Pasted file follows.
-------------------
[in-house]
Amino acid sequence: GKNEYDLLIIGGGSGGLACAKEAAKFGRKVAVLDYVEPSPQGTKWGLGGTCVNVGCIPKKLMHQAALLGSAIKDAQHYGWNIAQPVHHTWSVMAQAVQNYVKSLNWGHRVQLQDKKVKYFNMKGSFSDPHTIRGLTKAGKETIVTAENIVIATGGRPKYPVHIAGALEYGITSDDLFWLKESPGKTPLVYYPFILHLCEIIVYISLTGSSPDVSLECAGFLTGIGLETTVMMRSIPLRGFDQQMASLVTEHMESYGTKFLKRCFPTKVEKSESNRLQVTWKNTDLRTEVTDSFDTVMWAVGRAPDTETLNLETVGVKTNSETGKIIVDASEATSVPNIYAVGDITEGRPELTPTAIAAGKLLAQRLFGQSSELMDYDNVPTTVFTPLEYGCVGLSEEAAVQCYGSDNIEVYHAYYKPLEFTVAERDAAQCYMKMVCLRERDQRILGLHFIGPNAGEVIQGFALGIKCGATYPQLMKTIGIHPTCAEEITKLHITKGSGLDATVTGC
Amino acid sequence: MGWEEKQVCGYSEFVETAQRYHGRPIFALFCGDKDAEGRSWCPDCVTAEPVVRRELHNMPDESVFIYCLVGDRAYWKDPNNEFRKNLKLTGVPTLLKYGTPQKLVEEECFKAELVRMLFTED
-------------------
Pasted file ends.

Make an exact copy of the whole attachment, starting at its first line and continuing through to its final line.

[in-house]
Amino acid sequence: GKNEYDLLIIGGGSGGLACAKEAAKFGRKVAVLDYVEPSPQGTKWGLGGTCVNVGCIPKKLMHQAALLGSAIKDAQHYGWNIAQPVHHTWSVMAQAVQNYVKSLNWGHRVQLQDKKVKYFNMKGSFSDPHTIRGLTKAGKETIVTAENIVIATGGRPKYPVHIAGALEYGITSDDLFWLKESPGKTPLVYYPFILHLCEIIVYISLTGSSPDVSLECAGFLTGIGLETTVMMRSIPLRGFDQQMASLVTEHMESYGTKFLKRCFPTKVEKSESNRLQVTWKNTDLRTEVTDSFDTVMWAVGRAPDTETLNLETVGVKTNSETGKIIVDASEATSVPNIYAVGDITEGRPELTPTAIAAGKLLAQRLFGQSSELMDYDNVPTTVFTPLEYGCVGLSEEAAVQCYGSDNIEVYHAYYKPLEFTVAERDAAQCYMKMVCLRERDQRILGLHFIGPNAGEVIQGFALGIKCGATYPQLMKTIGIHPTCAEEITKLHITKGSGLDATVTGC
Amino acid sequence: MGWEEKQVCGYSEFVETAQRYHGRPIFALFCGDKDAEGRSWCPDCVTAEPVVRRELHNMPDESVFIYCLVGDRAYWKDPNNEFRKNLKLTGVPTLLKYGTPQKLVEEECFKAELVRMLFTED